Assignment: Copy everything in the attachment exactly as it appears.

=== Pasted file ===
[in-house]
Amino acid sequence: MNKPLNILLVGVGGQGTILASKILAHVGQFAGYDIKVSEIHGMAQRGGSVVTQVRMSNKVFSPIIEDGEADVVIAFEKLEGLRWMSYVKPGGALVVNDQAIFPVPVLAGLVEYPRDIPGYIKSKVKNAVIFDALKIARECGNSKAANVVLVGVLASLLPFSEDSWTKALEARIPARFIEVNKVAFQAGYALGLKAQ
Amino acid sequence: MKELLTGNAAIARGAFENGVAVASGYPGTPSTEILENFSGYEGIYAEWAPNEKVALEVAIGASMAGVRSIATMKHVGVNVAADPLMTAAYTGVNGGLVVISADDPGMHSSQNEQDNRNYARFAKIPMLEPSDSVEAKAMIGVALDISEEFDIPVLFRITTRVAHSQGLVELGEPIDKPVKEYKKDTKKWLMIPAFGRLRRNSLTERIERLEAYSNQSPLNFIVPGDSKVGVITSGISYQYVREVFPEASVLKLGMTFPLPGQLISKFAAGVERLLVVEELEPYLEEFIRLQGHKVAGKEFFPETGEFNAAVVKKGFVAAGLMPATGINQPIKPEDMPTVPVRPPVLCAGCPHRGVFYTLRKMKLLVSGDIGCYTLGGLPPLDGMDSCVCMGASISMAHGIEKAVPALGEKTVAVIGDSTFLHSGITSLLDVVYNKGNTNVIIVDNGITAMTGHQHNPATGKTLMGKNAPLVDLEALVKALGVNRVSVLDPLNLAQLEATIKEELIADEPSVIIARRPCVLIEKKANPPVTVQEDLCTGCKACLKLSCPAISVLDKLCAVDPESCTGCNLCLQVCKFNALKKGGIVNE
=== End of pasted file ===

[in-house]
Amino acid sequence: MNKPLNILLVGVGGQGTILASKILAHVGQFAGYDIKVSEIHGMAQRGGSVVTQVRMSNKVFSPIIEDGEADVVIAFEKLEGLRWMSYVKPGGALVVNDQAIFPVPVLAGLVEYPRDIPGYIKSKVKNAVIFDALKIARECGNSKAANVVLVGVLASLLPFSEDSWTKALEARIPARFIEVNKVAFQAGYALGLKAQ
Amino acid sequence: MKELLTGNAAIARGAFENGVAVASGYPGTPSTEILENFSGYEGIYAEWAPNEKVALEVAIGASMAGVRSIATMKHVGVNVAADPLMTAAYTGVNGGLVVISADDPGMHSSQNEQDNRNYARFAKIPMLEPSDSVEAKAMIGVALDISEEFDIPVLFRITTRVAHSQGLVELGEPIDKPVKEYKKDTKKWLMIPAFGRLRRNSLTERIERLEAYSNQSPLNFIVPGDSKVGVITSGISYQYVREVFPEASVLKLGMTFPLPGQLISKFAAGVERLLVVEELEPYLEEFIRLQGHKVAGKEFFPETGEFNAAVVKKGFVAAGLMPATGINQPIKPEDMPTVPVRPPVLCAGCPHRGVFYTLRKMKLLVSGDIGCYTLGGLPPLDGMDSCVCMGASISMAHGIEKAVPALGEKTVAVIGDSTFLHSGITSLLDVVYNKGNTNVIIVDNGITAMTGHQHNPATGKTLMGKNAPLVDLEALVKALGVNRVSVLDPLNLAQLEATIKEELIADEPSVIIARRPCVLIEKKANPPVTVQEDLCTGCKACLKLSCPAISVLDKLCAVDPESCTGCNLCLQVCKFNALKKGGIVNE